For many people, starting university can be terrifying.
It means moving away from home, living with strangers for the first time and being independent – there’s so much going on in this transition.
For LGBTQ+ students, it can be particularly challenging and if this applies to you, you’re not alone.
A lot of LGBTQ+ teenagers aren’t out in their hometowns, and if they are, there’s a chance they’ve struggled with it as homophobia, biphobia and transphobia are still things our community deals with daily. Similarly, you might have planned on coming out whilst at university but be nervous to go back home and go back in the closet.
If you’re starting university, you may worry that the homophobia that you've experienced will carry on and if you’re in an accepting environment, you’re perhaps scared to leave this behind. What is (hopefully) reassuring, is that there are tonnes of people in exactly the same situation as you!
You've probably joined LOTS of Facebook groups, right? Whilst some of these group chats become annoying (be prepared to mute the constant messages flooding your phone), you’ll see that a wide range of people are starting university with you. I felt that I had to tell the people on my course about my sexuality in our group and knowing I was out to people on my course before I’d even met them, and that they couldn’t care less about my sexuality, was great.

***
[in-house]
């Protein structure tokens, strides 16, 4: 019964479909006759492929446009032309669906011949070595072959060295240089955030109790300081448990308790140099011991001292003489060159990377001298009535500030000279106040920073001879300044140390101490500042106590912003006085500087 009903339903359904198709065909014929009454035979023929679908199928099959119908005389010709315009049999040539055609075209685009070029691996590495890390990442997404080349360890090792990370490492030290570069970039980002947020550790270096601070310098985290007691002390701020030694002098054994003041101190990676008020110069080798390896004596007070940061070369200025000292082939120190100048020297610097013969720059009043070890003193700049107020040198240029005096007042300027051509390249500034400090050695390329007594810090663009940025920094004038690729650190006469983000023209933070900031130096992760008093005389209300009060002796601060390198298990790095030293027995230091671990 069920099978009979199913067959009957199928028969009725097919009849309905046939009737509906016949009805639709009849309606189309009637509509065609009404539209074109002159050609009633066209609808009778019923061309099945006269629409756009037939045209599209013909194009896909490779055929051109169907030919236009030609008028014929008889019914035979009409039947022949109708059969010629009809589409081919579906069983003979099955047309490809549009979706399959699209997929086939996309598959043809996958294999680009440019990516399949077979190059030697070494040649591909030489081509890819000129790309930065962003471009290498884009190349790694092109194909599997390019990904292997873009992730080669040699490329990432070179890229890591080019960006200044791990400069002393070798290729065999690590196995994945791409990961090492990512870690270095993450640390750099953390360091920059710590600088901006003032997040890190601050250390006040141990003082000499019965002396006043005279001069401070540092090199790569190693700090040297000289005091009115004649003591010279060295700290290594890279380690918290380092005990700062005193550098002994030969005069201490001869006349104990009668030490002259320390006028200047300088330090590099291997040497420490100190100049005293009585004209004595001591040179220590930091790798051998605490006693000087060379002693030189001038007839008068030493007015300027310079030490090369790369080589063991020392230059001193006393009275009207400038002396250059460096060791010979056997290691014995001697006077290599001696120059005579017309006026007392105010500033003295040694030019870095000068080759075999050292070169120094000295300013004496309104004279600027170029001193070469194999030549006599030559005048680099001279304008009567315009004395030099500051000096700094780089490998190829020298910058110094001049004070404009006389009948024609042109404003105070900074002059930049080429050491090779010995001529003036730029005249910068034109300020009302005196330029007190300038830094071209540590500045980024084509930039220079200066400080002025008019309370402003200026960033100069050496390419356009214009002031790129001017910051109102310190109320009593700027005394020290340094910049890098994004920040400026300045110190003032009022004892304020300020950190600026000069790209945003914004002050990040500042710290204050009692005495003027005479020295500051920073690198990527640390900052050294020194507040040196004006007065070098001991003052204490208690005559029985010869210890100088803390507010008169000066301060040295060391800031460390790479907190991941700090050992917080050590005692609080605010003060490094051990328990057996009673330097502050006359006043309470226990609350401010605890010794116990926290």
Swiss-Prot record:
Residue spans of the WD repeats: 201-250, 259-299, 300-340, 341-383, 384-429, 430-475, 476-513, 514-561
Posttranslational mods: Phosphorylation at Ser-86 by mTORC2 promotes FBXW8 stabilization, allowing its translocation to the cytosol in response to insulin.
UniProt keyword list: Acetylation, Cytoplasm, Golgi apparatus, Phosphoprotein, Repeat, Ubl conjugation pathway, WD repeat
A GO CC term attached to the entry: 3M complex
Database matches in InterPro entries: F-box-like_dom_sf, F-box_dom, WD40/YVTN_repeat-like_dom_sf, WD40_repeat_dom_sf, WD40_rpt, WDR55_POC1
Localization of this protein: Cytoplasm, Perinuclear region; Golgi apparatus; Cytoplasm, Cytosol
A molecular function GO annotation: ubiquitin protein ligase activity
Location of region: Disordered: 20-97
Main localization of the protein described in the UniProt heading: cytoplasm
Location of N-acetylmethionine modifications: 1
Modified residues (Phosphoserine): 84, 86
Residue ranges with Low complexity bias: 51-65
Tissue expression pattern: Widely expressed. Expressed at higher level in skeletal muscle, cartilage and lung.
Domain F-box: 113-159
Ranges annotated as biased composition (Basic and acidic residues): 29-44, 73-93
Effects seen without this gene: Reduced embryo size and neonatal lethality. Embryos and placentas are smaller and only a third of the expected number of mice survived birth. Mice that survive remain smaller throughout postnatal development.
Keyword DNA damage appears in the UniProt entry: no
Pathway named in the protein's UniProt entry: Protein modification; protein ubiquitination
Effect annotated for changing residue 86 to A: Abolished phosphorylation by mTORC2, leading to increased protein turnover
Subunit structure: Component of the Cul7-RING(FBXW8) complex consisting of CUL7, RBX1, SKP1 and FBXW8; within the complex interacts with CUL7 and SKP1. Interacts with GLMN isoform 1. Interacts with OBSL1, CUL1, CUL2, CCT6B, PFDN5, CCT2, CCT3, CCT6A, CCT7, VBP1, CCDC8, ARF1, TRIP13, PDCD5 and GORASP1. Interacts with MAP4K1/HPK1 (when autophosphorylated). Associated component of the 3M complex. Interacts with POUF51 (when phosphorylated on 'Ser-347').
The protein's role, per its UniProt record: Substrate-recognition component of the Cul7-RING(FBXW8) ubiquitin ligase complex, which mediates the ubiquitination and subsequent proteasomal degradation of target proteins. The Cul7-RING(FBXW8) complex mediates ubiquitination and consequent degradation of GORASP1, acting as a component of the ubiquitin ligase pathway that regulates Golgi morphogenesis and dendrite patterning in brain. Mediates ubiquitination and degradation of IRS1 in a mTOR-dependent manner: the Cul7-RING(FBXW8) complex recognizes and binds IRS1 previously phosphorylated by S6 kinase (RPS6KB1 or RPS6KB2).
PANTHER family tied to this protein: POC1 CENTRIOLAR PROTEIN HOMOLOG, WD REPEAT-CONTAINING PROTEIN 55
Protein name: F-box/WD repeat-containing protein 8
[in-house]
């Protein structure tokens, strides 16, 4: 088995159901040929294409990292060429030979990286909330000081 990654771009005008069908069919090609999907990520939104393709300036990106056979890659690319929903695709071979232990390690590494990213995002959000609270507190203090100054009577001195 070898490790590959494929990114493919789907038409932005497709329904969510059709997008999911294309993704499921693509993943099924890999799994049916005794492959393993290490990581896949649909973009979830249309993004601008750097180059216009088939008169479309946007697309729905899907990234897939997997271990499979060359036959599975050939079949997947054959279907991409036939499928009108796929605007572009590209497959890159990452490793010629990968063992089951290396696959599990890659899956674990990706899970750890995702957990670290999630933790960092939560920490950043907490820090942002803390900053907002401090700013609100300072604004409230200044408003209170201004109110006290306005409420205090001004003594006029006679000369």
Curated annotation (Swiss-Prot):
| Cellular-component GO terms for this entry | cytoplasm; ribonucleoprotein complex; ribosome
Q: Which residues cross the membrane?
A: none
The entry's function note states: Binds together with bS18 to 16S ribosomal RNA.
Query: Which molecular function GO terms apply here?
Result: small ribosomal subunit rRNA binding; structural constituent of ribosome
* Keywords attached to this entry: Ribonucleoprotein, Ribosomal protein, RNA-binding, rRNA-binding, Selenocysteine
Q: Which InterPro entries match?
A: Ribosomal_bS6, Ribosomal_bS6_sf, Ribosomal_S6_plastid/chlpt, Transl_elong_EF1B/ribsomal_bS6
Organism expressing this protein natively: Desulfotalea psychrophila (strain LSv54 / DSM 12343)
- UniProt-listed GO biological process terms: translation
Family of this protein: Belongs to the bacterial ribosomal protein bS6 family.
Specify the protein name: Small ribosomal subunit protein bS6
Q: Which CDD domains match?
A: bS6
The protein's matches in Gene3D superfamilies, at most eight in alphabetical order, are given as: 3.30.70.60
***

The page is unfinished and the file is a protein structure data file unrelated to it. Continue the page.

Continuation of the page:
The obvious group to join is the LGBTQ+ one, and if this doesn’t exist, why not find the courage to start it? Having a support network will be really reassuring, and if group chats and social media isn’t your thing, don’t worry! You can join your LGBTQ+ society at any time during the year.
My biggest fear before I started university was that I’d have to live with someone who would discriminate against LGBTQ+ people. As it turned out, I didn’t have to worry at all! They didn’t bat an eyelid and by the end of the week they’d even hung up my Pride flag in the kitchen!
For a lot of people, it will be their first time living with an LGBT person. It’s possible that they’ll have questions and if you feel confident answering them that’s great, but don’t feel pressured to do anything beyond your comfort level.
If coming out to your flatmates doesn’t go so well, remember that your university is there to help you. Your safety and wellbeing is a priority and changes can be made to your accommodation arrangements if you’re unhappy.
It’s easy to focus on your worries, but don’t forget how exciting it is that you’ll be moving and making new friends from all over the country (and world). University can be scary, but it can also be extremely rewarding and freeing. Try not to freak out too much about it, because you’re capable and your university is lucky to have you.